Adult ADD (ADHD) makes for obvious disadvantages, some less apparent but equally meaningful advantages, and traits that can be positive or negative, depending upon the circumstance. Into that last category falls impulsiveness, and one of its manifestations is verbal. Personally, I have a long track record of blurting out statements that are unexpected and somewhat inappropriate but nevertheless true. (On a good day, they're even funny.) I'm about to do that here, but first some background is in order.
As a child growing up in Lewiston, Maine, I was an unglamorous klutz of Olympic proportion and a social misfit with a propensity for navel gazing. And since I hadn't yet found a reliable source of self-esteem, I spent a goodly amount of my childhood and early teen years unhappily at the very bottom of the social pecking order. This was long before Judd Apatow had arrived to glamorize the bottom of the high school food chain. All of that changed in a single act of impulsiveness.
My junior high school class had been on a field trip to Boston, taking in the usual historic sites - Lexington, Concord, the USS Constitution, Bunker Hill, etc. It was late in the day and we were heading home on Route 128, which passes near where my grandparents lived at the time. One of my classmates who rather enjoyed pushing me around for the amusement of others was bragging to everyone within earshot on the school bus about how his father so often took him to Boston. That seemed very impressive to a collection of twelve and thirteen year-olds. To bolster his credentials, this young gentleman - my personal tormentor - was pointing out sites along the road and inventing stories about all the great father-son bonding moments that he had enjoyed at them.
As we were passing an establishment that I remembered my grandmother discussing in animated tones with my parents, the bully of this story pointed to a bar called The Green Apple and related how his father liked to stop there for a drink before the two-hour drive back to Lewiston. Before I could think clearly about the consequences, I blurted out, "Why? Because your father likes male strippers." And indeed, the Green Apple was the very establishment that had so scandalized my grandmother when it had recently added 'exotic' entertainment.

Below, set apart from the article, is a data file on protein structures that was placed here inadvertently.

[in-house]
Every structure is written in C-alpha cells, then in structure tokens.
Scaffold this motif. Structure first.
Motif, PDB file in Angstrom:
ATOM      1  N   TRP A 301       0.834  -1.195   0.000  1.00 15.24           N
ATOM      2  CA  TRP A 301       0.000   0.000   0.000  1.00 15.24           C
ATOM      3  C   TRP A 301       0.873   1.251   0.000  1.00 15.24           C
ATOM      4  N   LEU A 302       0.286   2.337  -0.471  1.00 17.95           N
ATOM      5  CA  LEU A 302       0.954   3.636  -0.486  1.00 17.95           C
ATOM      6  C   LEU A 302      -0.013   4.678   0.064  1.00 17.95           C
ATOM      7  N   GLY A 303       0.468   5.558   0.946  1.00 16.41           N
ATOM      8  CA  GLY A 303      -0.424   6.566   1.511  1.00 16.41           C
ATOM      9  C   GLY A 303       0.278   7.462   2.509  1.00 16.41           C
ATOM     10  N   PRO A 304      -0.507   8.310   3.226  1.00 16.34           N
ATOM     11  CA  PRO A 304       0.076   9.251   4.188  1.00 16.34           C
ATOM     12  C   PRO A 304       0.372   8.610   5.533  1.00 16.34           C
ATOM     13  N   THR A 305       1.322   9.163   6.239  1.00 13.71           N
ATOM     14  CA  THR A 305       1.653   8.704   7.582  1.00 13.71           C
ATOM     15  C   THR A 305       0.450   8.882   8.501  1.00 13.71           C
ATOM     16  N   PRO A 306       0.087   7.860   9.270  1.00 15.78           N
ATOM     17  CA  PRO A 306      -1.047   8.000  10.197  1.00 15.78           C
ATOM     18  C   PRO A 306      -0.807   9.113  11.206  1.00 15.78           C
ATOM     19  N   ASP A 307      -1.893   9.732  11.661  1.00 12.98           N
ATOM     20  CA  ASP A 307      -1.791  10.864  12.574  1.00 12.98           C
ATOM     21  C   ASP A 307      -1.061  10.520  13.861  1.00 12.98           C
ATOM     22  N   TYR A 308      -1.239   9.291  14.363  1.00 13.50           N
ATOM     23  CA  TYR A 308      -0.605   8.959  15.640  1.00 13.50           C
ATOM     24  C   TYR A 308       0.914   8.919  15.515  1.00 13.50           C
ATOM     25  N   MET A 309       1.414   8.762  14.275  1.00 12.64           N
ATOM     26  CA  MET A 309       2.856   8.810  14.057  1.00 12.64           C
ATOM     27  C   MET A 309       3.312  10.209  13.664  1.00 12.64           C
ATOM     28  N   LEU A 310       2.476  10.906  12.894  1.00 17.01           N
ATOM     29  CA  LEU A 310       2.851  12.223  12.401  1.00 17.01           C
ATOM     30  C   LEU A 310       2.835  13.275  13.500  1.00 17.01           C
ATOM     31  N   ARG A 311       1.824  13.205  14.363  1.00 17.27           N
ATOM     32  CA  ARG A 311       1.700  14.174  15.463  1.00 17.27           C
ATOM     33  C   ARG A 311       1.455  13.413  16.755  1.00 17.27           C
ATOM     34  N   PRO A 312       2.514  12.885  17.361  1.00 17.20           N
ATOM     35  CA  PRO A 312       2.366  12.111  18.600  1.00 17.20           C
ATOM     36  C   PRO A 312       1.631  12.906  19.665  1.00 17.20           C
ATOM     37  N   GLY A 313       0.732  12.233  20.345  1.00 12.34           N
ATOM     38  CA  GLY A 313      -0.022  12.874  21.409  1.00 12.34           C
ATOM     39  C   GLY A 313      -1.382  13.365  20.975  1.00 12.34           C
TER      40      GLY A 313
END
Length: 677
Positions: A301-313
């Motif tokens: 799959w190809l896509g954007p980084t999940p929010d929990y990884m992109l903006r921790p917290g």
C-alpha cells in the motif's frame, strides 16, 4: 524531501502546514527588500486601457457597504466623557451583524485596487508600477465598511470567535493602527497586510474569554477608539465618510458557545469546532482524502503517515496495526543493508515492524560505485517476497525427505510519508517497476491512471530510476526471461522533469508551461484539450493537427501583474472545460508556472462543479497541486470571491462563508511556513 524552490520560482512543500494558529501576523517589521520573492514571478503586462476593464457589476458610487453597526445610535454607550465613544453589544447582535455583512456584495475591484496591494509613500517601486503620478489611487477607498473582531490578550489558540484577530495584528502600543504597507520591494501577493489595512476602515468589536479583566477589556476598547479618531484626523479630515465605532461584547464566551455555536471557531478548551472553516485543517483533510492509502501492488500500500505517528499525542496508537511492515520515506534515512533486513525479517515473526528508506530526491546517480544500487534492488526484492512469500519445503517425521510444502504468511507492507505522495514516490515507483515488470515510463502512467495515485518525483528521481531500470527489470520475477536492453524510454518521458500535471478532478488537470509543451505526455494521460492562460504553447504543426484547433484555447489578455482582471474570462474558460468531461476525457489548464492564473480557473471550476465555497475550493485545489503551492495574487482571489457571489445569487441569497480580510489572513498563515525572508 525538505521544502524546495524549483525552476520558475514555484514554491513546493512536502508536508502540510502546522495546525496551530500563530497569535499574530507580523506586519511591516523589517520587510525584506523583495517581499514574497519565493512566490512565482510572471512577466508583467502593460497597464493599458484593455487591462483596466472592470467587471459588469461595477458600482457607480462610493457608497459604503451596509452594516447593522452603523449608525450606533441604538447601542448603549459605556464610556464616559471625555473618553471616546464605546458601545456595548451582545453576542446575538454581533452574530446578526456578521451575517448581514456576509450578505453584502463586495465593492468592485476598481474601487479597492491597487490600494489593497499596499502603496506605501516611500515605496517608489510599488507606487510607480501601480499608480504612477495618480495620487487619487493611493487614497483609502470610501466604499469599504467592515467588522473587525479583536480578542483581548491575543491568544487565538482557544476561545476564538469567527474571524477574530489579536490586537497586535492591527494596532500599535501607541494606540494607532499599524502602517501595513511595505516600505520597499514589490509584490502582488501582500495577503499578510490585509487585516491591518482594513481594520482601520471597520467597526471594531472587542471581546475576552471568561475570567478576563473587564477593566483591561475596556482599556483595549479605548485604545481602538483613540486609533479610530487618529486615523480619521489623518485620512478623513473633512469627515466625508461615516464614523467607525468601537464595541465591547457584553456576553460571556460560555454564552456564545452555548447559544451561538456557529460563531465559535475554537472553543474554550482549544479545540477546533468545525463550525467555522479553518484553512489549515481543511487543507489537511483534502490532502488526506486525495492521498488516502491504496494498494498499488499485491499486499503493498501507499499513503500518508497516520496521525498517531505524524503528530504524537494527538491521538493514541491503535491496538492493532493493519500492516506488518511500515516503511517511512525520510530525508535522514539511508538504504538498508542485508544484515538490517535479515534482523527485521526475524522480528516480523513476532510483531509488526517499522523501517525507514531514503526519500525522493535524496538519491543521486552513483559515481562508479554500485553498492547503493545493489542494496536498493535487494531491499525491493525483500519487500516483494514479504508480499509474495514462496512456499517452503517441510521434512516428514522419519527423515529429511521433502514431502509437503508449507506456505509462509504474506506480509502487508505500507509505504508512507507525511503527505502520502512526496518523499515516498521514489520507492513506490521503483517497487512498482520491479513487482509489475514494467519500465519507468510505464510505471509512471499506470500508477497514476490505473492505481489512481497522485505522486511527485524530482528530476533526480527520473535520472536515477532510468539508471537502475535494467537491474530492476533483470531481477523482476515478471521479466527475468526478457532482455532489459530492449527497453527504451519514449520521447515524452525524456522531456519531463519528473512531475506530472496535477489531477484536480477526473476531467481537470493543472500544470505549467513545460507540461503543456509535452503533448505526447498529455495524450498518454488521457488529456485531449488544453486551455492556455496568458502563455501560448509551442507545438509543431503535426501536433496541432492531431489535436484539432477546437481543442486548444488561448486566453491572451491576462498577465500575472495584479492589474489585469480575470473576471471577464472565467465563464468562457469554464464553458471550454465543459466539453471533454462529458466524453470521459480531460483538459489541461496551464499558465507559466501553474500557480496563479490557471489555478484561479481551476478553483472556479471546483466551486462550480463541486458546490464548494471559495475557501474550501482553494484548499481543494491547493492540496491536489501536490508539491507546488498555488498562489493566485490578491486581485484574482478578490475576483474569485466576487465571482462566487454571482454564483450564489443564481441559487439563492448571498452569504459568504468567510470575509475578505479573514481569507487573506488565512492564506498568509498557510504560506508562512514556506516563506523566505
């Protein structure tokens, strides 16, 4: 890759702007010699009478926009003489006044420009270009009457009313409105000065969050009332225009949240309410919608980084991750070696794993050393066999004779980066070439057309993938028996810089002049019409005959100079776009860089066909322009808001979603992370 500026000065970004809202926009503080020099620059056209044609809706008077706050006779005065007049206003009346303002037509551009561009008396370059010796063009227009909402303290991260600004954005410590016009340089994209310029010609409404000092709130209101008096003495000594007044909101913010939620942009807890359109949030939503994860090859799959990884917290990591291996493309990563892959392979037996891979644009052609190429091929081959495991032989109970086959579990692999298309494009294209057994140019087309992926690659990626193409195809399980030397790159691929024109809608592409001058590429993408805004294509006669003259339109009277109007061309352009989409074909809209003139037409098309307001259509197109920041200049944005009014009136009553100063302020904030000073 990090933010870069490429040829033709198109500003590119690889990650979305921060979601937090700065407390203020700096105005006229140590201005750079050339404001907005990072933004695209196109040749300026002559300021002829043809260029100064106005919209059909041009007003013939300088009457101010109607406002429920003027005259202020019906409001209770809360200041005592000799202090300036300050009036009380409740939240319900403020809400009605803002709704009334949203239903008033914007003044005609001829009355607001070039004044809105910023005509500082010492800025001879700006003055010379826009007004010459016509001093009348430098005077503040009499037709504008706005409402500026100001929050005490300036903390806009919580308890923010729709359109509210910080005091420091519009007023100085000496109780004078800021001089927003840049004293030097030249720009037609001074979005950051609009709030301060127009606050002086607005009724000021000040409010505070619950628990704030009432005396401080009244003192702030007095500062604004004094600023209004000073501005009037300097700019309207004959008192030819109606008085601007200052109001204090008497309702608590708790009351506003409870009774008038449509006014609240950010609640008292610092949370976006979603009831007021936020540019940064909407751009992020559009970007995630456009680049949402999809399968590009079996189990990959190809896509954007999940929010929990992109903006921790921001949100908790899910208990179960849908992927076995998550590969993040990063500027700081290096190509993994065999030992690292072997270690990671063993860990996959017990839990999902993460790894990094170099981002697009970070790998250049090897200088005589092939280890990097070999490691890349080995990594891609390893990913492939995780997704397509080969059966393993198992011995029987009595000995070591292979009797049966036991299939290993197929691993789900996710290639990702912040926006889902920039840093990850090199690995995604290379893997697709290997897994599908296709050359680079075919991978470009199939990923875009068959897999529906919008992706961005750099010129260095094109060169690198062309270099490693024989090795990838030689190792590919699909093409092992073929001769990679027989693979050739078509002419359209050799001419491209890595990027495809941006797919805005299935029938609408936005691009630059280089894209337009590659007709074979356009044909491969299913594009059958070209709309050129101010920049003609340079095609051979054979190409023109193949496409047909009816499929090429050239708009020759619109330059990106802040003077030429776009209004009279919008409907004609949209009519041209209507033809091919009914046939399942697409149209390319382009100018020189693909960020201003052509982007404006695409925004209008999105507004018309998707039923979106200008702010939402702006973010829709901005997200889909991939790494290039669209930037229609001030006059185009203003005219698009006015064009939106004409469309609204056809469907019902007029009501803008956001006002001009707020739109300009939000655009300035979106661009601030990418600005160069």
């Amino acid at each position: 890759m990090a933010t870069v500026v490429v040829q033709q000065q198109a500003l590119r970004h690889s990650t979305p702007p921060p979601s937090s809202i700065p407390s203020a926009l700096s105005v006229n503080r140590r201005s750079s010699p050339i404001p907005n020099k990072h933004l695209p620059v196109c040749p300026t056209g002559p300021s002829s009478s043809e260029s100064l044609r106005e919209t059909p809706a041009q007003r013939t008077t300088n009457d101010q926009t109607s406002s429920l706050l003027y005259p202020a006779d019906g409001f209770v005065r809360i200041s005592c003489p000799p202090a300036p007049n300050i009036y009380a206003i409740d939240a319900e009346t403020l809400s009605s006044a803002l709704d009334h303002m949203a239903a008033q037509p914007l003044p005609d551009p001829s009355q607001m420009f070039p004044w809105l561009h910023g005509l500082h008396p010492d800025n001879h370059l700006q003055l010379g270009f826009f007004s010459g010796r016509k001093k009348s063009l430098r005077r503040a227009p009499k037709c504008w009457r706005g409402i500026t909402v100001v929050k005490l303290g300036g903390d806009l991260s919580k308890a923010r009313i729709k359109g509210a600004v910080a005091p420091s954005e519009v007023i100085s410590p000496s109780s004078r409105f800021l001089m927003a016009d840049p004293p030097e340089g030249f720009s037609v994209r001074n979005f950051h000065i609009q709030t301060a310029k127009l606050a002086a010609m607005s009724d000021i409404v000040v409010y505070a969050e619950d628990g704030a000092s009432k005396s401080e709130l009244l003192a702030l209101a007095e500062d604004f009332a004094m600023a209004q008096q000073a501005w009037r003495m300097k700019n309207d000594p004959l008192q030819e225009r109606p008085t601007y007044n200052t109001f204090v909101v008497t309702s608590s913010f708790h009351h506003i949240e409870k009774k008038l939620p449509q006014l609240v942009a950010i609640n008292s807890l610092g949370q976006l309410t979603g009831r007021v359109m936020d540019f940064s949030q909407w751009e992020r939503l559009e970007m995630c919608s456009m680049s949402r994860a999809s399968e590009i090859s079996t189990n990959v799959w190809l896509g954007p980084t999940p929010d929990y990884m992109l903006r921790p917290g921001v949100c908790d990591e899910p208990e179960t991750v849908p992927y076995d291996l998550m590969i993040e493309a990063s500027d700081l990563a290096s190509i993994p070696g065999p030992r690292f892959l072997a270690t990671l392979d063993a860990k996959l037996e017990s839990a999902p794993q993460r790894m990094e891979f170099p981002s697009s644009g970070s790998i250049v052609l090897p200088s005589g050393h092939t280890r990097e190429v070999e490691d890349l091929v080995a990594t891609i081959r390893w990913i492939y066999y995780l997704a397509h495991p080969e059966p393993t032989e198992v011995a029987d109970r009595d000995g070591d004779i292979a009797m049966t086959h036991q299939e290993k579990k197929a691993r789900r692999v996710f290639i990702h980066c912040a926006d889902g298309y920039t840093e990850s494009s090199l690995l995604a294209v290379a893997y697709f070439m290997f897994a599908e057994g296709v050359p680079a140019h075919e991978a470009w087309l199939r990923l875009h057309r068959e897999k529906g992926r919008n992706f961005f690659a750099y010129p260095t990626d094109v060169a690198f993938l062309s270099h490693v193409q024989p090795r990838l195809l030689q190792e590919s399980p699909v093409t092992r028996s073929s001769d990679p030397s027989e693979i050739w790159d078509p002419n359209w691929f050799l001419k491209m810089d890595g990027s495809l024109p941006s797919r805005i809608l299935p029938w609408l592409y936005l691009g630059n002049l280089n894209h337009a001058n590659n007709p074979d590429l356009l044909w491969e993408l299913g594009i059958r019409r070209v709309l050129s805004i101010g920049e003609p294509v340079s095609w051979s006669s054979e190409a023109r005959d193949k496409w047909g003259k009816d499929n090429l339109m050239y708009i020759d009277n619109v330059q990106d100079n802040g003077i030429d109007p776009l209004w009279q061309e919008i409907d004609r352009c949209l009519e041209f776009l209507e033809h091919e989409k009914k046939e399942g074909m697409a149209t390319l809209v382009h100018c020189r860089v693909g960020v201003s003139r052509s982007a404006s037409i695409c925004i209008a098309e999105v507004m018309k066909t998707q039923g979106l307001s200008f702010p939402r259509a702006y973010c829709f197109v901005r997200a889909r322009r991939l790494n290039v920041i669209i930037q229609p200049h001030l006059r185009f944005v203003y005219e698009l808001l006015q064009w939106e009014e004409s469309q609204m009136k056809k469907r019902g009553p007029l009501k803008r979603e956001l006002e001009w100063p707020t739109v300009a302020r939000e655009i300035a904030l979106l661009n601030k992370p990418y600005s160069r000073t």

In the aftermath, a very brief hush settled over the students around me, and I was certain that a torrent of unpleasantness, commencing with a bit of corporal retribution, was about to ensue. Instead, a good half of the bus roared with laughter, and my tormentor, revealed as a liar or the son of a man who liked male strippers positively withered. No beating ensued. In fact, this particular antagonist receded from my life forever. I was shocked, but I came to understand that sometime a bit of truth, revealed at the right moment is the best antidote to bullying.
With that life lesson in mind, allow me to share with you my first impression upon seeing Senator John McCain on stage with his newly announced running-mate Governor Sarah Palin. I thought that McCain looked like an old man standing with: (a) his daughter; (b) his nurse; or (c) a new trophy wife. And while none of these impressions reflect reality, they nevertheless made me see the proud Senator McCain as frail. I felt sorry for the two of them.
What's real is that the McCain election machine is acting like a bully: it's spending its time picking on trivial details like the backdrop of Obama's speech. The best antidote for such tactics is represented by the content of Senator Obama's acceptance speech in Denver. At the same time, I'm also free to confront the bully in my own fashion. So Senator McCain, please note that seeing you with your running mate doesn't make me want to vote for you; it makes me want to offer you a nice cup of hot tea and ask you to tell me stories about your childhood in the 1940s.